He was not related to the much better known Cimmerian after whom he’d been named, although, like him, he was somewhat expert in the use of sharp implements, just not in the same manner. Actually, in a very different manner with very different goals and very different results. His only involved butchering when he failed, while his namesake engaged in that activity when he was most successful, at least in his own lights.
Robert E. Howard would probably not have thought much about Conan the Barber, although, perhaps, he might have patronized him, as might his great albeit very different pal, H. P. Lovecraft. But this Conan also took his profession seriously, and at times engaged in cosmetogolical competitions where, every once in a great while, his creations emerged victorious.
It may well be that he took as much care of his scissors and razors and blades as his namesake did of his swords and spears and lances and arrows, so in that, at least, they were similar. And of course, they were both Cimmerians, although not many people today know just what that entailed. For readers who have no idea, well, according to a popular source that will remain unnamed due to its erratic reputation for accuracy, they were “a nomadic Indo-European people, who appeared about 1000 BC”, originating in the Pontic-Caspian steppe but subsequently migrating “into Western Asia and into Central and Southeast Europe”. Interesting definition, especially the part about “originating in the Pontic-Caspian steppe”, since it begs the question, … well, where were they before that, did they spontaneously come to life there, perhaps from a bit of molded clay onto which a stray divine wind blew? I would guess that they were a link in the chain of tribes that for diverse reasons kept pulsing out of central Asia, perhaps out of what is now Mongolia, and scaring the hell out of their neighbors who cascaded south and west. But that’s just my unsubstantiated guess, which is as good as yours.
One wonders what kind of coiffeurs our Conan specialized in, whether he ever invented any, perhaps the Mohawk, or the Pictian spike look, or, perhaps, the faux bald look so popular nowadays. I can almost see him, concentrating profoundly and perhaps fantasizing about his name sake as he clipped and scraped and combed and parted and started the process all over again. One wonders if he had a special flair, perhaps a unique style, and what kinds of faces he made as he worked, perhaps as though he were a bass player in a late twentieth century New Orleans late night dive, lost in his melodies.
Of course, in antiquity and even not so long ago, barbers were also sort of surgeons, and engaged in therapeutic, curative bleeding, hence today’s barber poles. It would be sort of ironic if our Conan was a healer, rather than one who generated a massive need for healers. Kind of symbiotic.
What about his clothing? Was it as minimal as his namesake’s? Did he wear loincloths or trousers, beads or shirts, and what was his own hair like? Did he change his look frequently or prefer a classic, easy to recognize look that would identify him? Was it long, short, or somewhere in between?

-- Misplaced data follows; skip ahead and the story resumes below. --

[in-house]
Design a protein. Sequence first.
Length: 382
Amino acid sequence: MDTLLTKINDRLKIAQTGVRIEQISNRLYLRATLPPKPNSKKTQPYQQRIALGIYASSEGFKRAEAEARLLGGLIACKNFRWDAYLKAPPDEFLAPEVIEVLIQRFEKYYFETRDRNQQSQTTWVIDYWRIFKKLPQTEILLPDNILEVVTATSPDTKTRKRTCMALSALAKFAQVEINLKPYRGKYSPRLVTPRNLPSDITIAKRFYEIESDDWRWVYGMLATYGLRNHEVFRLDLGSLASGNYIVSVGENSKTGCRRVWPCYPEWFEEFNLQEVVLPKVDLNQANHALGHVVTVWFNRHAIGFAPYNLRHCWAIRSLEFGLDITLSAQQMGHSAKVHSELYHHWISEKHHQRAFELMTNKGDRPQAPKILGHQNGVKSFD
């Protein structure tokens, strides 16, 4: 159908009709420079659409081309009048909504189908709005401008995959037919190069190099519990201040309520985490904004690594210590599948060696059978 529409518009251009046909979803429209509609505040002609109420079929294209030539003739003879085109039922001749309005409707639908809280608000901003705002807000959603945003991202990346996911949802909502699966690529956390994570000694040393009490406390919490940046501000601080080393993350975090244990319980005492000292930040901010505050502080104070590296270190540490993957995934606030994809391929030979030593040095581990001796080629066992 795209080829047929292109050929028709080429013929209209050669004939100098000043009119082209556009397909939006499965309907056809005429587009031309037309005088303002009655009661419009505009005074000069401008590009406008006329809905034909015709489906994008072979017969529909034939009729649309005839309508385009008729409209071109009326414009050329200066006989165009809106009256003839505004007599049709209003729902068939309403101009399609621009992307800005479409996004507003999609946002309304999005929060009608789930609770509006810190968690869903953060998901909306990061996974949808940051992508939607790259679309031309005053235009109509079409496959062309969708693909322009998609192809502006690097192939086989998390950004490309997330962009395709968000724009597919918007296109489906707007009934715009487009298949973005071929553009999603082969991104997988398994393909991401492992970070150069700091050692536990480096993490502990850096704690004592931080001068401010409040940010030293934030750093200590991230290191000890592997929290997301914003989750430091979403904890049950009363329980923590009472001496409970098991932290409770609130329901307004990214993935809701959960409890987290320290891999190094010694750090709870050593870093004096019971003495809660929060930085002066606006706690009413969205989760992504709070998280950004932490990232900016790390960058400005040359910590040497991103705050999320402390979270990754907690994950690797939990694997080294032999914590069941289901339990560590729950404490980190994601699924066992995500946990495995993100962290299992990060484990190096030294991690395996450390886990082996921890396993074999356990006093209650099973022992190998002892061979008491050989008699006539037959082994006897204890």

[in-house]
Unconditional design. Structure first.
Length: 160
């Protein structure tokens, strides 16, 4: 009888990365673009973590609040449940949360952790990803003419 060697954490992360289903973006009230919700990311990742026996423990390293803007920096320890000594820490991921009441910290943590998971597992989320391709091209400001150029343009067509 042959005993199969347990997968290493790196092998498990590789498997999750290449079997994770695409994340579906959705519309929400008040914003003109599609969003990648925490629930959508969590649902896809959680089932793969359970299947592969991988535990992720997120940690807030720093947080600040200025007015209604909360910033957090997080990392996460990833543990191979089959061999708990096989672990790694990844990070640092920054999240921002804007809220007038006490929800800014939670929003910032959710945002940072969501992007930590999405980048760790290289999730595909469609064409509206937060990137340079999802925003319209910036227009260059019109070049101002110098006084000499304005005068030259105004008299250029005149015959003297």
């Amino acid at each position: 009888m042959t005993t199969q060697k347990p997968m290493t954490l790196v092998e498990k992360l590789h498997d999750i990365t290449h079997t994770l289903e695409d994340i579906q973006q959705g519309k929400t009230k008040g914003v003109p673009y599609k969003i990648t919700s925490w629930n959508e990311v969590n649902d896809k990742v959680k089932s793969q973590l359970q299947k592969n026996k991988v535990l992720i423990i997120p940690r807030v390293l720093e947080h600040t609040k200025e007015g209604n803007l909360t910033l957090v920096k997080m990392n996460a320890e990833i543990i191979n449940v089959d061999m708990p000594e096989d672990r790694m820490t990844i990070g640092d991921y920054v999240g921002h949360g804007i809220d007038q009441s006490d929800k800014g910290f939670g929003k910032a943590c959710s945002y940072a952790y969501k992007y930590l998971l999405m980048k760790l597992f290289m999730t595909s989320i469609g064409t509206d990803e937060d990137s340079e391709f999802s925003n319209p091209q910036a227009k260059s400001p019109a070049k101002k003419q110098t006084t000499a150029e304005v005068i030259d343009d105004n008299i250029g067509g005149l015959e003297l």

Was he a contemporary of his name sake? Not likely, unless, of course, he was twenty or thirty years younger, a lifetime in those days. Did his namesake ever meet him, perhaps patronize him, and, if so, in what sense? Double entendre possibilities abound there.
Interestingly, many millennia later, at least a few people have taken to the name and appellation, check out twitter, and evidently there’s also a current musician who uses that name, and not a few barber shops. So his legacy too lives on.
“Conan the Barber”, a nice ring. Was it a given name, an adopted name or, perhaps, a professional moniker?
Guess we’ll never know. Regardless of how carefully one “combs” through the related chronicles compiled by Messier Howard, not a trace of Conan the Barber can be gleaned. Then, of course, perhaps one would need a sleuth out of Sir Arthur Conan Doyle’s imagination to take up that particular task, although, why would he.
Wouldn’t it be something if Sherlock Holmes’ creator was somehow distantly related to either of our protagonists? Of course, after so many generations of intermingled genes, almost anything is possible.
© Guillermo Calvo Mahé; Manizales, 2022; all rights reserved. Please feel free to share with appropriate attribution.
Guillermo (“Bill”) Calvo Mahé (a sometime poet) is a writer, political commentator and academic currently residing in the Republic of Colombia (although he has primarily lived in the United States of America of which he is also a citizen). Until 2017 he chaired the political science, government and international relations programs at the Universidad Autónoma de Manizales. He has academic degrees in political science (the Citadel), law (St. John’s University), international legal studies (New York University) and translation and linguistic studies (the University of Florida’s Center for Latin American Studies). He can be contacted at firstname.lastname@example.org and much of his writing is available through his blog at https://guillermocalvo.com/.